An exhaustive and informative guide to the intricacies of America’s food.

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The Great American Food Fight

WINNING THE BATTLE FOR YOUR FAMILY'S HEALTH

A diet and nutrition book exposes how the food industry victimizes the U.S. consumer.

The U.S. is one of the fattest and sickest nations on Earth. While Baldasare (The Nutrition Cure, 2015, etc.) once viewed Americans’ malnutrition as a problem of poor personal choices, he now realizes it is actually a more systemic issue. “The truth is that far too many of our food choices are made for us, not by us,” he writes. “The struggle to eat healthily…has become a battle in which many powerful forces are aligned against us.” The aims of this book are twofold. The first is to reveal the ways in which the food industry and its lobbyists have actively misled the public to serve their own needs, suppressing scientific research and waging a campaign of nutritional misinformation. The second is to inform consumers as to what foods and ingredients they are actually eating and how to cut through the cultural noise to locate sources of real nutrition. Divided into brief sections, many less than a page, the book tackles the myriad topics that constitute the current diet debate: from the diseases that most affect the American public to strategies employed by the food industry to sell products (including packaging, qualified and unqualified health claims, ecology and ethics labels, and plastic coding) to breakdowns of the additives, fats, pesticides, and other specifics for each food group. The author concludes with the current state of food activism and provides an appendix of useful charts documenting everything from types of food coloring to sources of gluten. For Baldasare, an informed public remains the best chance at fixing the food system, and he offers an impressive amount of information. Writing in a clear, practical prose aimed at the general reader, the author approaches each topic with candor and occasional humor (“Got milk? If you’re a US citizen, your government certainly hopes so”). The book’s encyclopedic nature lends itself more to discretionary browsing than to proceeding straight through, but readers of all lifestyles should learn troubling and helpful facts about the food they eat.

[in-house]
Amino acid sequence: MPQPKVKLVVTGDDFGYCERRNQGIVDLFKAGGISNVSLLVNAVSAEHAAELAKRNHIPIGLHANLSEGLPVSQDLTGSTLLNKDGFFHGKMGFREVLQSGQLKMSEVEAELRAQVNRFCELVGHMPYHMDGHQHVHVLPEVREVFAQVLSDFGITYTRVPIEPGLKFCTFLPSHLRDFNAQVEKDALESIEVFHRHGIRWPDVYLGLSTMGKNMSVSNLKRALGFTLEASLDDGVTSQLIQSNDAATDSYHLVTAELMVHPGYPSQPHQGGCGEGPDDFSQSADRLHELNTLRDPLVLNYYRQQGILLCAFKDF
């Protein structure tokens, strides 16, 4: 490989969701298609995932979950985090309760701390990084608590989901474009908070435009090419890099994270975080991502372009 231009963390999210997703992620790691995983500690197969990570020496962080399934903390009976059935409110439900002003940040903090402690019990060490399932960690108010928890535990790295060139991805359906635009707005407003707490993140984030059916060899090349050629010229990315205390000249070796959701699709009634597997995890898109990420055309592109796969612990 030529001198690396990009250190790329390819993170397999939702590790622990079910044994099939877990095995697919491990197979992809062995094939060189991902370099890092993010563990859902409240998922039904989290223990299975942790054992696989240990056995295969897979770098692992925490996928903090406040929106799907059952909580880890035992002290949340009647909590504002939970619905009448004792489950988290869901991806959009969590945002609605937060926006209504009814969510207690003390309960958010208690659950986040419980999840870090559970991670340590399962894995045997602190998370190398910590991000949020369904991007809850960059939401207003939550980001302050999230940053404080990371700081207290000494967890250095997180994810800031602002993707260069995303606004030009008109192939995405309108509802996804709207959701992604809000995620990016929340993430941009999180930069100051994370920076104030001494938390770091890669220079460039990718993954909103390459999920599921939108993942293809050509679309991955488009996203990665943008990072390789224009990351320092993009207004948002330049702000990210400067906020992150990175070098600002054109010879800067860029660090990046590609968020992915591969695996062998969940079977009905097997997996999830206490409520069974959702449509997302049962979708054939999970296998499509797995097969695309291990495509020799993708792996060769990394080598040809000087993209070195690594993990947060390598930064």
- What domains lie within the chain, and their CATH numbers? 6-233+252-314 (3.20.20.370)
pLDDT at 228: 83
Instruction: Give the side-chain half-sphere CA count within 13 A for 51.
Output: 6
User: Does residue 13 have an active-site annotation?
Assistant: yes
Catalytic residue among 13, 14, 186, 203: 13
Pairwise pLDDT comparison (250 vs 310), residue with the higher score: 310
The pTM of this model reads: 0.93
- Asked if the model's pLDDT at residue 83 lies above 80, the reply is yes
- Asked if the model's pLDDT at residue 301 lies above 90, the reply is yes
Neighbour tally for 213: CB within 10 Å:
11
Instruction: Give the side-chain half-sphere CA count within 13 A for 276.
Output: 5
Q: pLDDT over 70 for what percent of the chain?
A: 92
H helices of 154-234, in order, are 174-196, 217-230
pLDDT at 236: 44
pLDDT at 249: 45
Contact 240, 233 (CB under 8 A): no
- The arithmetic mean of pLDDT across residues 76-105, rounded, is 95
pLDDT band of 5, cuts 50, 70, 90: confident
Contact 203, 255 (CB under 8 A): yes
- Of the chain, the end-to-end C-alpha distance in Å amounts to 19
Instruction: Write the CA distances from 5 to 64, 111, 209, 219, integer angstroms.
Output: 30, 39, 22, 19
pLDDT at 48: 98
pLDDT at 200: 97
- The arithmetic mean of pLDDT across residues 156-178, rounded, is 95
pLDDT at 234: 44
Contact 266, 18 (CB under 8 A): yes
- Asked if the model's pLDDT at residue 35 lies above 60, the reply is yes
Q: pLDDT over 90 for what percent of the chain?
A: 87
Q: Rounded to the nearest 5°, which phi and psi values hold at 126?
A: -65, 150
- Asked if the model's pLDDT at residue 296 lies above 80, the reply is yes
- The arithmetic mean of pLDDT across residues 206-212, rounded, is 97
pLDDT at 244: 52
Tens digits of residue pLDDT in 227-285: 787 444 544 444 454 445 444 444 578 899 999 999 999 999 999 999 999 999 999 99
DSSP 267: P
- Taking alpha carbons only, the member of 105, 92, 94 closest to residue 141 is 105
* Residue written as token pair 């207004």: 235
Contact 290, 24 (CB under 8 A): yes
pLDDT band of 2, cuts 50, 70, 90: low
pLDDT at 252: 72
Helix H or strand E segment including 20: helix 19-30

An exhaustive and informative guide to the intricacies of America’s food.

Pub Date: Oct. 25, 2016

ISBN: N/A

Page Count: 278

Publisher: Dog Ear Publisher

Review Posted Online: Aug. 23, 2016

Kirkus Reviews Issue: Sept. 15, 2016

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Doyle offers another lucid, inspiring chronicle of female empowerment and the rewards of self-awareness and renewal.

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UNTAMED

More life reflections from the bestselling author on themes of societal captivity and the catharsis of personal freedom.